Researchers have mapped the likely effects of climate change on the US in the decades to come—and it's bad news for most people in the southern half of the country. Under even moderate warning scenarios, the areas most suited to agriculture and human habitation will have shifted from the Southeast toward the upper Midwest by 2070. Heat, drought, flooding, and wildfire could cause enormous economic losses and the "mass migration of Americans away from distress in much of the southern and coastal regions of the country," according to a ProPublica analysis of the data. The Great Plains and northern Midwest, meanwhile, "will benefit, in farm productivity, in economy, and in overall comfort."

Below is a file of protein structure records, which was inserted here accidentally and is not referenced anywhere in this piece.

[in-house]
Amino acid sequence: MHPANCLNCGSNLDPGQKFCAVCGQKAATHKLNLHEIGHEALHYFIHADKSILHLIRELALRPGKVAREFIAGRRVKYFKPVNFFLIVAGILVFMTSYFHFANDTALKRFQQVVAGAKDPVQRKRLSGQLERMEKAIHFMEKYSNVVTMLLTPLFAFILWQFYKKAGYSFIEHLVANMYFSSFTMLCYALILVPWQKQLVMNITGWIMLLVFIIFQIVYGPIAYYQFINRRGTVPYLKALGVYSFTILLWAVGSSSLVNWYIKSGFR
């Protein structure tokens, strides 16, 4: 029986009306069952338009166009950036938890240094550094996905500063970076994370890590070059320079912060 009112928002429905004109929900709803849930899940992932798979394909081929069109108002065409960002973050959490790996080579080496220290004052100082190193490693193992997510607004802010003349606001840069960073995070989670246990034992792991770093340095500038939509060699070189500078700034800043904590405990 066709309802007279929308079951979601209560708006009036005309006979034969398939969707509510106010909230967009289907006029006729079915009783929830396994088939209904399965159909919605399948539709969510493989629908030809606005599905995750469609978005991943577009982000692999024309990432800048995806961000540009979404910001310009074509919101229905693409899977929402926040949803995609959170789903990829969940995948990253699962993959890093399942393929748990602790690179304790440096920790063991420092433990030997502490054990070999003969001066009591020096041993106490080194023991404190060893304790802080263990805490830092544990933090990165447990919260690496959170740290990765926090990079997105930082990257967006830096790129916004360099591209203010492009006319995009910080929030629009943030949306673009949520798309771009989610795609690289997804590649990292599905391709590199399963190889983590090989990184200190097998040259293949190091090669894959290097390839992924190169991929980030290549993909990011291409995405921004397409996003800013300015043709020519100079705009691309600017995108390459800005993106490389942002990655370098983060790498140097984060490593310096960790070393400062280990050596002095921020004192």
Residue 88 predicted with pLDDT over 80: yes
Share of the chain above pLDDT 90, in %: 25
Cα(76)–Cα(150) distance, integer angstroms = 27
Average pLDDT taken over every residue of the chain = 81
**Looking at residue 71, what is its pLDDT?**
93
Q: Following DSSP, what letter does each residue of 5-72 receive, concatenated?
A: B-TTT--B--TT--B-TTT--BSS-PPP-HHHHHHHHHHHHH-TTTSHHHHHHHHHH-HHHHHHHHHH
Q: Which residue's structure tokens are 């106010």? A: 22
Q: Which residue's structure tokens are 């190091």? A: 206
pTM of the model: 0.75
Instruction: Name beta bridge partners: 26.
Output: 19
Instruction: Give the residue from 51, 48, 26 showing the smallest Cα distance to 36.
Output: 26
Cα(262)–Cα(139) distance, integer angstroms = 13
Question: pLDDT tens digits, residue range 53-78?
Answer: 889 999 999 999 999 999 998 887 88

"The challenges are so widespread and so interrelated that Americans seeking to flee one could well run into another," writes Abrahm Lustgarten at the New York Times. He predicts that climate change will cause a decline in the quality of the environment of at least 160 million Americans—and if even a tenth of them move, it will be the biggest migration in US history, dwarfing the migration from the "Dust Bowl" in the 1930s. But while the increasingly inhospitable southern half of the country suffers, "vast regions will prosper," he predicts. "One day, it’s possible that a high-speed rail line could race across the Dakotas, through Idaho’s up-and-coming wine country and the country’s new breadbasket along the Canadian border, to the megalopolis of Seattle," Lustgarten writes. (Read more climate change stories.)